Rajat: That's a very good point that you have raised Prabir and it's a dilemma. One the one hand, you don't want to create one more international institution and this is why when the G-20 was formed in 2008, it was recognizing on the one hand that G-7, G-8 was totally irrelevant, an anachronism and you needed to expand. But also that group of 77 or the UN was too big. So G-20 seemed to be a reasonable forum 85% as I said of the global GDP, two thirds of the world population. But the downside is, because there is a shifting chair and every chair wants to leave its mark and it is very interesting that you raised that because as I was going through some of the communiques of the past few years nobody talks about saying, okay, look no more new plan of action. Let us review what we said and have we done. So no sort of report card of the past because there is not much glory in that and therefore, Hangzhou consensus, Brisbane summit declaration of this 2 percent additional left etc. My feeling is that time has come for the G-20 leaders to think of it, may be a small secretariat but the trouble with secretariats is that they never remain small but at the moment the chair may rotate because in a global setting but probably a more permanent secretariat would be desirable.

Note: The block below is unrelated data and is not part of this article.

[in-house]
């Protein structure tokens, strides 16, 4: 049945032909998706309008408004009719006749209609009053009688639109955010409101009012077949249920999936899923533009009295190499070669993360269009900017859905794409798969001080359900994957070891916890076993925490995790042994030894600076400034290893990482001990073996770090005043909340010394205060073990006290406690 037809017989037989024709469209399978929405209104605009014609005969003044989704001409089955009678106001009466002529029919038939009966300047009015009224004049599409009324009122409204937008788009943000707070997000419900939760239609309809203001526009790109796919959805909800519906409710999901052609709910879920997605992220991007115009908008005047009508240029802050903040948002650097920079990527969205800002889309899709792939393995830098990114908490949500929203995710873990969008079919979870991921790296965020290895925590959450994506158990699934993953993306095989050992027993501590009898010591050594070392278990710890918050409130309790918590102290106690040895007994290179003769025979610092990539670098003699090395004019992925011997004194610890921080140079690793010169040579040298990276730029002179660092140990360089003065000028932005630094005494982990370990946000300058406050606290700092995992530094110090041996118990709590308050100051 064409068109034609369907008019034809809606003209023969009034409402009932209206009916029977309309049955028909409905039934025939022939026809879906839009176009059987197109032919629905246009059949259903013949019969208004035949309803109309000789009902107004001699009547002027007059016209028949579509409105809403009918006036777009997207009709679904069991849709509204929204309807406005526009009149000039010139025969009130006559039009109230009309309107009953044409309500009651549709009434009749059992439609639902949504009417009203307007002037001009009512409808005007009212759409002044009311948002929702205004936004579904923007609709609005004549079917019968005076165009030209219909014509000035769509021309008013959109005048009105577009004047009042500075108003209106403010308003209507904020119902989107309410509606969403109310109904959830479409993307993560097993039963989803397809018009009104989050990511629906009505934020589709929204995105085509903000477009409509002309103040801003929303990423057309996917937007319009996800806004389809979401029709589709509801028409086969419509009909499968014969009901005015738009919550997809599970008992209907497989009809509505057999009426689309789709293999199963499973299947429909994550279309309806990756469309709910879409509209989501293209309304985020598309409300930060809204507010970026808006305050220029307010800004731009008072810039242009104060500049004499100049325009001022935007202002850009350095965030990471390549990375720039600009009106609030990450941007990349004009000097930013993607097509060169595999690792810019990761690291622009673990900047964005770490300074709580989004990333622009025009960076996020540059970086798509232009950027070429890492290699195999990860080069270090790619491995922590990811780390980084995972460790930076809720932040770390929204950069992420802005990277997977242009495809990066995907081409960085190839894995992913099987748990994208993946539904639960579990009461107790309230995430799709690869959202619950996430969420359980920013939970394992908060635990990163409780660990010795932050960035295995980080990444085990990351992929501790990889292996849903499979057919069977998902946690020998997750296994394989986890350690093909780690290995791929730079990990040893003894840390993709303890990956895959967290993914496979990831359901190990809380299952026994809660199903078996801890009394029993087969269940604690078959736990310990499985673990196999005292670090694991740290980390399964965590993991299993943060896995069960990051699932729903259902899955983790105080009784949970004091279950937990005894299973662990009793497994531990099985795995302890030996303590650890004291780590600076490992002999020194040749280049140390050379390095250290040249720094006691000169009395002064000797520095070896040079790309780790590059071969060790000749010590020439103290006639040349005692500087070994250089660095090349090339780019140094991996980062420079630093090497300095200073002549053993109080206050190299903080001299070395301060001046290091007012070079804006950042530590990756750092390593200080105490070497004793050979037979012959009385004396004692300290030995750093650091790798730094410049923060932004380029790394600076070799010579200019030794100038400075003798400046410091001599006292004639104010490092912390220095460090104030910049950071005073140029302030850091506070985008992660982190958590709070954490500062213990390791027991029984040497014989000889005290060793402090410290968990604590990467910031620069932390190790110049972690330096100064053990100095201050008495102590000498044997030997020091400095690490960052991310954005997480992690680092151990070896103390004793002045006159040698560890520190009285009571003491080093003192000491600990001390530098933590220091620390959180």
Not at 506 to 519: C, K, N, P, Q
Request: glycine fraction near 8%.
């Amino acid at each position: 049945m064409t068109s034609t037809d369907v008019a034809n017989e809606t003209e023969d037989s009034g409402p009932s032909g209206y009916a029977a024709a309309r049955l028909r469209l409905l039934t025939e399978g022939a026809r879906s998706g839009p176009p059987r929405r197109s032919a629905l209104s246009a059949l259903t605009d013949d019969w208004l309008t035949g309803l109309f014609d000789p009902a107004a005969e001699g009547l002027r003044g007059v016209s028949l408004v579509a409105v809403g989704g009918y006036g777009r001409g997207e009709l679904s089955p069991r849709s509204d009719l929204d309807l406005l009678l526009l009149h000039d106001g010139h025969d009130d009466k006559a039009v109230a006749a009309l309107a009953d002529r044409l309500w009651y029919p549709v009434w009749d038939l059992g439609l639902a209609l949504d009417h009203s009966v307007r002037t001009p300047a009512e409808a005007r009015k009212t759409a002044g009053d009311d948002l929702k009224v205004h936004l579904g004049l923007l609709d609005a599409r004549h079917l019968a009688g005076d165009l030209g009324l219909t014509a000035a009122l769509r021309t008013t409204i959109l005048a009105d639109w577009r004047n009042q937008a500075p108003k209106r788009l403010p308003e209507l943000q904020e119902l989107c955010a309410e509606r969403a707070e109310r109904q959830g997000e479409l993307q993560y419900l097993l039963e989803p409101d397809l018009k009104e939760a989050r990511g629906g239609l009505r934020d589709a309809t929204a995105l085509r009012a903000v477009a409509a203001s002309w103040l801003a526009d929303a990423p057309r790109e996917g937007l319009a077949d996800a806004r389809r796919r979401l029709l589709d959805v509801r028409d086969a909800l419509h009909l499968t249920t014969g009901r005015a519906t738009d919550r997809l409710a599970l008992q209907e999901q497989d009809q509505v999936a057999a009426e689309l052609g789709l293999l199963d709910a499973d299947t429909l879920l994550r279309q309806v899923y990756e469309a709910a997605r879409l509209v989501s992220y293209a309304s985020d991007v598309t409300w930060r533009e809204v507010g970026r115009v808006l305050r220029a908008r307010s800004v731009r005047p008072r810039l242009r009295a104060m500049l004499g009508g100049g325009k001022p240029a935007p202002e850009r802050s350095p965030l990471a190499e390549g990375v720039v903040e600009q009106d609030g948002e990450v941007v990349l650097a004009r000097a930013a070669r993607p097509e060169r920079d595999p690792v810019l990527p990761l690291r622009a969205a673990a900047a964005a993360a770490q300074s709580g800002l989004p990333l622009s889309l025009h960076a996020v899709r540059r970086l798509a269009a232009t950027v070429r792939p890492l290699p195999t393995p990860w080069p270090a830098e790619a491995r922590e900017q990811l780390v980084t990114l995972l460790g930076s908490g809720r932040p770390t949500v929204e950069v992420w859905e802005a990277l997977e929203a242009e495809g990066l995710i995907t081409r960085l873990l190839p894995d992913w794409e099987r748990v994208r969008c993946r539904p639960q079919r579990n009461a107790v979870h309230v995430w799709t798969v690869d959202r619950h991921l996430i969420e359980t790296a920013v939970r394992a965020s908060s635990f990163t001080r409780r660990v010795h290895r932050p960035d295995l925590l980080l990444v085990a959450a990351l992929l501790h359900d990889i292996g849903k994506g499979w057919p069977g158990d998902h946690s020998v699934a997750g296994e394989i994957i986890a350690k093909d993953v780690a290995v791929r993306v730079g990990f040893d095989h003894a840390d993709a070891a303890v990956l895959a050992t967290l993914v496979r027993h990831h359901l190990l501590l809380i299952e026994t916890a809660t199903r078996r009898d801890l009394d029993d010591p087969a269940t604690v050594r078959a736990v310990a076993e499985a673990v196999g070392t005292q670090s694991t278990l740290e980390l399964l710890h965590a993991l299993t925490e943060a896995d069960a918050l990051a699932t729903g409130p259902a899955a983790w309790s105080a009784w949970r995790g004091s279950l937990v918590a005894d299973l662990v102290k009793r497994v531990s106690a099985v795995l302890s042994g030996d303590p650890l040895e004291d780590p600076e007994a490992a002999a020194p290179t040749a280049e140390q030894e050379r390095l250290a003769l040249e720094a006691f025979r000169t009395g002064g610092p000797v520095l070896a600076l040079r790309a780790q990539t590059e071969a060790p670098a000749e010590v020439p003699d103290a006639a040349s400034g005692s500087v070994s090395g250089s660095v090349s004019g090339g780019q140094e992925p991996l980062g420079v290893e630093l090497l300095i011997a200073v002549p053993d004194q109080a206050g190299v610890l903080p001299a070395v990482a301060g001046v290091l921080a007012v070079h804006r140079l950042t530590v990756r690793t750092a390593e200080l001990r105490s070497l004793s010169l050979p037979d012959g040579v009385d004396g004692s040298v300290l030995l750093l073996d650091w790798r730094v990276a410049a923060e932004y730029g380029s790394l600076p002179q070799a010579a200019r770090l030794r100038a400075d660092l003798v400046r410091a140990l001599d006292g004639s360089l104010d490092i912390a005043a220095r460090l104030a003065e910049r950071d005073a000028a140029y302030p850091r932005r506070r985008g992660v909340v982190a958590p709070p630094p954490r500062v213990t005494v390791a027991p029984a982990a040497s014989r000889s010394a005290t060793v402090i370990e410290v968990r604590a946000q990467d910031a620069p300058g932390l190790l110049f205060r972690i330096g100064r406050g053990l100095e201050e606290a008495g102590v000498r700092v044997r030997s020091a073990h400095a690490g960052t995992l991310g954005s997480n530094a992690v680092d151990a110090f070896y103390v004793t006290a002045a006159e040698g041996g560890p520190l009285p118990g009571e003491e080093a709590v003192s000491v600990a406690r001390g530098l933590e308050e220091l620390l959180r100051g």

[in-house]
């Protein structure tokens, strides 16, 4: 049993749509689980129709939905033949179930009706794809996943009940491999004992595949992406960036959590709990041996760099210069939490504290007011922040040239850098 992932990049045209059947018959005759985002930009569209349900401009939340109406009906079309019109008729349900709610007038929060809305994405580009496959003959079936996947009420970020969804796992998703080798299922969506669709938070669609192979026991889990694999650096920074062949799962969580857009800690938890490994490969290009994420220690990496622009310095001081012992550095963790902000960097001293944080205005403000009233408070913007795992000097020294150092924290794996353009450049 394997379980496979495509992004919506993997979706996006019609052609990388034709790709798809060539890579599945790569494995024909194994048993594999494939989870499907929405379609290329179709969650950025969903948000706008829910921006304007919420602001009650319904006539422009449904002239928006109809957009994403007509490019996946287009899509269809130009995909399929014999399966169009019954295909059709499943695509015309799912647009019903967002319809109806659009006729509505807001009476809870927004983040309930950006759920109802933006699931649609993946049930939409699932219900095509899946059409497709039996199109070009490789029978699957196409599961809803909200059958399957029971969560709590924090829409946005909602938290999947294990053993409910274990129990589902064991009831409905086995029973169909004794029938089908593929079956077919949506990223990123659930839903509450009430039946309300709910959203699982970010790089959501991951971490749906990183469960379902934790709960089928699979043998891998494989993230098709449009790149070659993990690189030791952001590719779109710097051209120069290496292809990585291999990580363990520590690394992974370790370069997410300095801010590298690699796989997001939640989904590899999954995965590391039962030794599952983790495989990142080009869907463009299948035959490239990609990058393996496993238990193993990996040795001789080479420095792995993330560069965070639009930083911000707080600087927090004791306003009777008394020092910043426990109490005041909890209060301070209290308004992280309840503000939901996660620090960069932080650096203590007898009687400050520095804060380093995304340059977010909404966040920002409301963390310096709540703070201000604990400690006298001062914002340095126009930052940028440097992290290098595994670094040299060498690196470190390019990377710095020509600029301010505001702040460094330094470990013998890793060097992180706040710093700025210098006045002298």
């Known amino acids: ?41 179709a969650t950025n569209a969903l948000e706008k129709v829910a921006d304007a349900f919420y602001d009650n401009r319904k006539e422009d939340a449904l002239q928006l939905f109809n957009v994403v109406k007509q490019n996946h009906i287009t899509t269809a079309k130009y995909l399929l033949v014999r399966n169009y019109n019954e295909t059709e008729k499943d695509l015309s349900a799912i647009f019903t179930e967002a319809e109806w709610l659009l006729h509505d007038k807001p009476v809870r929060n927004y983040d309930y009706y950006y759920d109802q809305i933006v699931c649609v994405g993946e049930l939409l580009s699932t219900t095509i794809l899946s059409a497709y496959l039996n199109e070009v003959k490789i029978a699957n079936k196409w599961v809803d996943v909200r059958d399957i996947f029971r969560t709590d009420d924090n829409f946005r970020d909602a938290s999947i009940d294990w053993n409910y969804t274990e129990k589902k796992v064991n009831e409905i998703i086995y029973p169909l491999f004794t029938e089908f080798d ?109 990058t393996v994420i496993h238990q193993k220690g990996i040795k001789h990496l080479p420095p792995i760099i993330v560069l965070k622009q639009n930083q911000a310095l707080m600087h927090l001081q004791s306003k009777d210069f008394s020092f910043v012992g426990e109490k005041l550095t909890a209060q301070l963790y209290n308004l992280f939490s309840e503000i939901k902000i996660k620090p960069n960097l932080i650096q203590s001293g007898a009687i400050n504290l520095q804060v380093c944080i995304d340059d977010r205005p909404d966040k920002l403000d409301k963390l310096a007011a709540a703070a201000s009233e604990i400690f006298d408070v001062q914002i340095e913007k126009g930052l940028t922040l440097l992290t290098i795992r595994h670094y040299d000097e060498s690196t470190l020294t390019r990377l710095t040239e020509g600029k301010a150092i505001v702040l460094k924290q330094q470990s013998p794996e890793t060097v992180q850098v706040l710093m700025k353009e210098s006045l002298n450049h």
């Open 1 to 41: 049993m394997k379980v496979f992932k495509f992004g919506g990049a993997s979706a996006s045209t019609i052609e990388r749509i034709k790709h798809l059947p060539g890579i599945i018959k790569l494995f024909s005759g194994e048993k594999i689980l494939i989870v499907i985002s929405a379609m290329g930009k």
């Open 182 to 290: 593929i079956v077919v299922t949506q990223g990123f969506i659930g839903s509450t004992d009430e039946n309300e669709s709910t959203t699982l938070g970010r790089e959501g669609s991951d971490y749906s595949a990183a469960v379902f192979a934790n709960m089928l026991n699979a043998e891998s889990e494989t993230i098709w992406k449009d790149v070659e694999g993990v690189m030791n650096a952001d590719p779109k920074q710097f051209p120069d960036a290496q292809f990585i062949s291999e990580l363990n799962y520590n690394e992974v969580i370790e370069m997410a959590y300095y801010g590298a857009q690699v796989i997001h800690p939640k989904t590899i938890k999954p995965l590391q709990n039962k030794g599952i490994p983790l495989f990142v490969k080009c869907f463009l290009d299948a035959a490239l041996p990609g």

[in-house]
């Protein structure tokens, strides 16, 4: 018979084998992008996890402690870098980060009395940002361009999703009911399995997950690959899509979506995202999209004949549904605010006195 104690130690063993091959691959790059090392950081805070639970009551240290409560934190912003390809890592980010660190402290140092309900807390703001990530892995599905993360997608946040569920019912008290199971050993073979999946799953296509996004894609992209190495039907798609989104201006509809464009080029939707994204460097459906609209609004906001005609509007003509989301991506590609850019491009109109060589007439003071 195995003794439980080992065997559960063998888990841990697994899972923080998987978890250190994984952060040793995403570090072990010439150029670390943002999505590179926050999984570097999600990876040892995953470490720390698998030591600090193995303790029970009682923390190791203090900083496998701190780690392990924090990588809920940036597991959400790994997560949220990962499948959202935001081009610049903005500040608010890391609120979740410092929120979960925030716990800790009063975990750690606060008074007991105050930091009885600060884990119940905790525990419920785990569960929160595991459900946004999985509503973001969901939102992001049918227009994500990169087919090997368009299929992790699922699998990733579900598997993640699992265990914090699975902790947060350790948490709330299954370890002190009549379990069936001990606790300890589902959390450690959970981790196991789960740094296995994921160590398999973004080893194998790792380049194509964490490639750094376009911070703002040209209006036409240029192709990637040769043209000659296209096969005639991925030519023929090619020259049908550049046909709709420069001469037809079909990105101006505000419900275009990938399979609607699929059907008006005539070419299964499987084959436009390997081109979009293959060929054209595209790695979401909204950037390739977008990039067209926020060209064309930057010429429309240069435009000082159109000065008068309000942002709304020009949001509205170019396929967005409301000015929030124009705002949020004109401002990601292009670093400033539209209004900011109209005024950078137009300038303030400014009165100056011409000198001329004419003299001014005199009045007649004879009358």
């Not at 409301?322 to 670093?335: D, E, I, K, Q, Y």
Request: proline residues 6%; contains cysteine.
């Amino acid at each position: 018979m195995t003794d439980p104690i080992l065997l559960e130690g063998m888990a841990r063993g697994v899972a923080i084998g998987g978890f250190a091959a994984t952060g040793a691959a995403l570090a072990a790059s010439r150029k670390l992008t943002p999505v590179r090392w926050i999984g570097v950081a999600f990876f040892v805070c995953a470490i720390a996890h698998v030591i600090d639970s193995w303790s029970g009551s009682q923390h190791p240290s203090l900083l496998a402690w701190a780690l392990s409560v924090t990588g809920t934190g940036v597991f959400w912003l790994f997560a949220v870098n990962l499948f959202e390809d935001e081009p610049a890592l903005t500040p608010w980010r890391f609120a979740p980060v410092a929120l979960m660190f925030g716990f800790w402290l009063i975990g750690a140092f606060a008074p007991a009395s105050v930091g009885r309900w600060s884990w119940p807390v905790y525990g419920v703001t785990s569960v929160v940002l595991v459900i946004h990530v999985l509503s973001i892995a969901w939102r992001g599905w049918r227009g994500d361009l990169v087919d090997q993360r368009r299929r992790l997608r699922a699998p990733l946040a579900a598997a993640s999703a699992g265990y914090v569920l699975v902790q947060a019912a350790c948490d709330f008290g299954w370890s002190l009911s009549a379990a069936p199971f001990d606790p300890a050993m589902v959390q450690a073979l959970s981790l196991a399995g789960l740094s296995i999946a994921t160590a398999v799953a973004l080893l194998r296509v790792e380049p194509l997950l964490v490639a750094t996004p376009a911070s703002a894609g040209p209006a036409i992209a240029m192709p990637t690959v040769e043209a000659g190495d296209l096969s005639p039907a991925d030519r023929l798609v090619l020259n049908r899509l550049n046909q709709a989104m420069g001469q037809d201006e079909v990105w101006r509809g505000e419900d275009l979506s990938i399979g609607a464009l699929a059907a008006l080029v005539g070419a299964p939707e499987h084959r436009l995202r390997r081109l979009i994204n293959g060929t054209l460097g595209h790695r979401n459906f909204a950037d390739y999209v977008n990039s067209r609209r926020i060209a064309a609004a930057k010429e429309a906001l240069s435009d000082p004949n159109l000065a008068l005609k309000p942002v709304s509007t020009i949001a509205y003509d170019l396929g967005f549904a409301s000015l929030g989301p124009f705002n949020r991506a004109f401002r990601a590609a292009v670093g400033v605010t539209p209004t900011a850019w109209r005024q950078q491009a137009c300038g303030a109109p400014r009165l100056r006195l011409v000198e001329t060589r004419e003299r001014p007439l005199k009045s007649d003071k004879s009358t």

Prabir: Thank you very much Rajat for coming and talking to us on these issues. This is all the time we have.Keep watching Newsclick for further episodes.
DISCLAIMER: Please note that transcripts for Newsclick are typed from a recording of the program. Newsclick cannot guarantee their complete accuracy.